The version of utilitarianism which might be deployed in support of the efficiency argument for selectivity is indifferent to distributional inequality, and would therefore condone some participants getting little or nothing for research if this was consistent with maximisation of output in aggregate. Is this what supporters of selectivity believe?

A rights perspective might counter that everyone is entitled to some basic minimum research support by virtue of their identity as scholar. How high the minimum should be is a matter for debate, rather like the security safety net to be provided for all before the rest of society's product goes up for competition. Adequate research support for all might leave little scope for selective funding at a higher level.

There is an equity argument in favour of equal funding (per capita). Insofar as the departmental research support available to new entrants to the profession is something over which they have no control - for example, the good fortune in obtaining a post in a department rated 5 rather than 3 - selective research funding is blatantly unfair. Past and present members of staff might be held responsible for research performance; future staff cannot.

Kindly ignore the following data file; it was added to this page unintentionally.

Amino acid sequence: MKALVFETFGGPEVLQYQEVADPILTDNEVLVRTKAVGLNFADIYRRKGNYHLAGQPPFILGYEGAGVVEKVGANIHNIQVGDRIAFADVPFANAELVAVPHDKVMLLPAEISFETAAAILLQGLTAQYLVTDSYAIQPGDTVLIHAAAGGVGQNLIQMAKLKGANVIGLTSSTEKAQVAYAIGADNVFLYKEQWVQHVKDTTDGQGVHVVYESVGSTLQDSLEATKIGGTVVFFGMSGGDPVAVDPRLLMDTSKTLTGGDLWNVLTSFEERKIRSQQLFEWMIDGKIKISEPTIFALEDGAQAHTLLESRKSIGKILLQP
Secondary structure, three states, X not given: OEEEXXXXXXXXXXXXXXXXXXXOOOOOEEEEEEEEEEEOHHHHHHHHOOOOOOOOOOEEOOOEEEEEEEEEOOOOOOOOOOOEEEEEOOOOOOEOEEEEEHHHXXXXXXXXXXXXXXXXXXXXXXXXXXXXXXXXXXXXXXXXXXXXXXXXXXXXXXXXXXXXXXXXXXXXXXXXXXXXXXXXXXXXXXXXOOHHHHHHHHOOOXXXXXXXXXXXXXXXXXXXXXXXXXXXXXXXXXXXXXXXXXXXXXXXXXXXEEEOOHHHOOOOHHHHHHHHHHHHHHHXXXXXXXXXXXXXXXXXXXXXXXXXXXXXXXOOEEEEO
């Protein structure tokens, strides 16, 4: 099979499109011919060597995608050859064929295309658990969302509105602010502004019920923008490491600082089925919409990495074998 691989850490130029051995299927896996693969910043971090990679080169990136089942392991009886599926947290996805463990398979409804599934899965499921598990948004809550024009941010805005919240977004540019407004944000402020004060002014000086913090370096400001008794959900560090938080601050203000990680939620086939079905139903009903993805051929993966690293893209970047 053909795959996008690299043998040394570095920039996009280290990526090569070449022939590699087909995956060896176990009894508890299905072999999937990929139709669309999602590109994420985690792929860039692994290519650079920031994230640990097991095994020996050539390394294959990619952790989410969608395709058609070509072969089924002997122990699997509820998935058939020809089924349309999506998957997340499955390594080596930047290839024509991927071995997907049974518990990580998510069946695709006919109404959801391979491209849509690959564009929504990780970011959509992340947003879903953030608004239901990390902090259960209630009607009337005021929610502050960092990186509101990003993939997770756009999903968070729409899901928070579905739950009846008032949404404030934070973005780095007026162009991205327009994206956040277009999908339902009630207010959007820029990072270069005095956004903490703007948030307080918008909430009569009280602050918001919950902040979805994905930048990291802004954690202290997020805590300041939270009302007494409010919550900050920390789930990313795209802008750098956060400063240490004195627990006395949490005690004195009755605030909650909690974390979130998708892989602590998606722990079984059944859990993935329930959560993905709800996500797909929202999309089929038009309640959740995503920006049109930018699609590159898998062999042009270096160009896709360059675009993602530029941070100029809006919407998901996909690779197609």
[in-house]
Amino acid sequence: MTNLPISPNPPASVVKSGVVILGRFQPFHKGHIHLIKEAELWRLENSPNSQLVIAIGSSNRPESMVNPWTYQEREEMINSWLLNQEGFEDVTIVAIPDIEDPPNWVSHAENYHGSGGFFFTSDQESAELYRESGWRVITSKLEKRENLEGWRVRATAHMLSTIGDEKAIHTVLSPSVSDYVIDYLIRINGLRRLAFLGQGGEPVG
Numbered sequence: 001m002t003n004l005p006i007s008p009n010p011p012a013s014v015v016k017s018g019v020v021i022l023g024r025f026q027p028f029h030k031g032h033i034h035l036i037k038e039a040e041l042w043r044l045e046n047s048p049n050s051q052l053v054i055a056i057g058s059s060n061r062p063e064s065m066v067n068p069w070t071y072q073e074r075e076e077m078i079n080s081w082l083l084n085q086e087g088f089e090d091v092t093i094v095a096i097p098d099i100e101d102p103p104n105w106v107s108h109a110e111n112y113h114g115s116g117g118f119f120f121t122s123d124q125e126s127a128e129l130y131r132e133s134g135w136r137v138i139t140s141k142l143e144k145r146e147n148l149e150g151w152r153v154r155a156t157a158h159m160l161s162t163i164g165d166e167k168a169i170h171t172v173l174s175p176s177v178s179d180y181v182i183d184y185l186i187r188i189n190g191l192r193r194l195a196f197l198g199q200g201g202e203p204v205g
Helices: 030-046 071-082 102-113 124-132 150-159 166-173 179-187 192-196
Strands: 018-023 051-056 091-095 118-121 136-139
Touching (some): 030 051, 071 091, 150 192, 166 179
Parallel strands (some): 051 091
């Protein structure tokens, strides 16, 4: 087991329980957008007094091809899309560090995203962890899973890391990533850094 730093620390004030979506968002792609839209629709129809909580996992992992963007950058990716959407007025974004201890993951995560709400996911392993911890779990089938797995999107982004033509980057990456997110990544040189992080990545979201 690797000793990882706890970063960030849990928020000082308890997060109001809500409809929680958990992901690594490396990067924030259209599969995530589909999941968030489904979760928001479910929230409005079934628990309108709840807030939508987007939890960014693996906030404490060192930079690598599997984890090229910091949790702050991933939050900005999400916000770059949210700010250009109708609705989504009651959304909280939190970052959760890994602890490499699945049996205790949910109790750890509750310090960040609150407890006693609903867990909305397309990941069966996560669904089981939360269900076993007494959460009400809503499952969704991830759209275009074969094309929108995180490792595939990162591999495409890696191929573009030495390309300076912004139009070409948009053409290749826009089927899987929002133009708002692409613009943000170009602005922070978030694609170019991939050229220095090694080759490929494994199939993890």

Critics could argue that government is responsible for obtaining the best value for taxpayers' money from university research. Selective funding is supposed to achieve this, but there is no evidence that it does. It could be that taxpayers, captivated by the lottery and scratch-cards, do prefer faith to evidence, but this is another issue. The second point is that the preservation of Britain's centres of excellence under resource constraints, facilitated by the RAE, might justify the losses elsewhere.

Staff with reduced research support are therefore compensated for by some others still having plenty. This argument might be persuasive, if the RAE had not replaced collective identity with self-interest, and if concentrating resources demonstrably produces more/better research. To conclude: no persuasive case can be made for selective research funding, on either efficiency or equity grounds. Those who support funding selectivity according to the RAE should explain why. If they cannot do so this time should be the last.

David M. Smith is professor of geography, Queen Mary and Westfield College, University of London. This is an abbreviated and revised version of a paper originally published in Area, 17(1) 1995. Responses by David Rhind and Paul Curran are gratefully acknowledged.